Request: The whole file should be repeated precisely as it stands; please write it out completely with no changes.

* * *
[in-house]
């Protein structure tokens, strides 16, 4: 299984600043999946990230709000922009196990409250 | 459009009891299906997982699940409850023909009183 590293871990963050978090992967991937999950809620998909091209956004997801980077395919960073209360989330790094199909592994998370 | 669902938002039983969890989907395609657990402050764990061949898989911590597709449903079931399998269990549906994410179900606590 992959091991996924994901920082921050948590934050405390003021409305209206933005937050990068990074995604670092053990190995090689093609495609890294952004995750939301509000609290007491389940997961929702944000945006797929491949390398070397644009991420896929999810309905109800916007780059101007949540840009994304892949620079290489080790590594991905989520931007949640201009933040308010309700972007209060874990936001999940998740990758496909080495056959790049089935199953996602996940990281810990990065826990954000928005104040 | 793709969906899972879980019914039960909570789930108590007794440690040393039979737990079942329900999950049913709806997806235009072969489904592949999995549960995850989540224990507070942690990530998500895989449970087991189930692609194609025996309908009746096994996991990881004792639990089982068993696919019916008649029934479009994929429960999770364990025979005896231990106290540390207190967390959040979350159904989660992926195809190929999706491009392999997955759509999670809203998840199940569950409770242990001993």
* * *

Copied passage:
[in-house]
């Protein structure tokens, strides 16, 4: 299984600043999946990230709000922009196990409250 | 459009009891299906997982699940409850023909009183 590293871990963050978090992967991937999950809620998909091209956004997801980077395919960073209360989330790094199909592994998370 | 669902938002039983969890989907395609657990402050764990061949898989911590597709449903079931399998269990549906994410179900606590 992959091991996924994901920082921050948590934050405390003021409305209206933005937050990068990074995604670092053990190995090689093609495609890294952004995750939301509000609290007491389940997961929702944000945006797929491949390398070397644009991420896929999810309905109800916007780059101007949540840009994304892949620079290489080790590594991905989520931007949640201009933040308010309700972007209060874990936001999940998740990758496909080495056959790049089935199953996602996940990281810990990065826990954000928005104040 | 793709969906899972879980019914039960909570789930108590007794440690040393039979737990079942329900999950049913709806997806235009072969489904592949999995549960995850989540224990507070942690990530998500895989449970087991189930692609194609025996309908009746096994996991990881004792639990089982068993696919019916008649029934479009994929429960999770364990025979005896231990106290540390207190967390959040979350159904989660992926195809190929999706491009392999997955759509999670809203998840199940569950409770242990001993």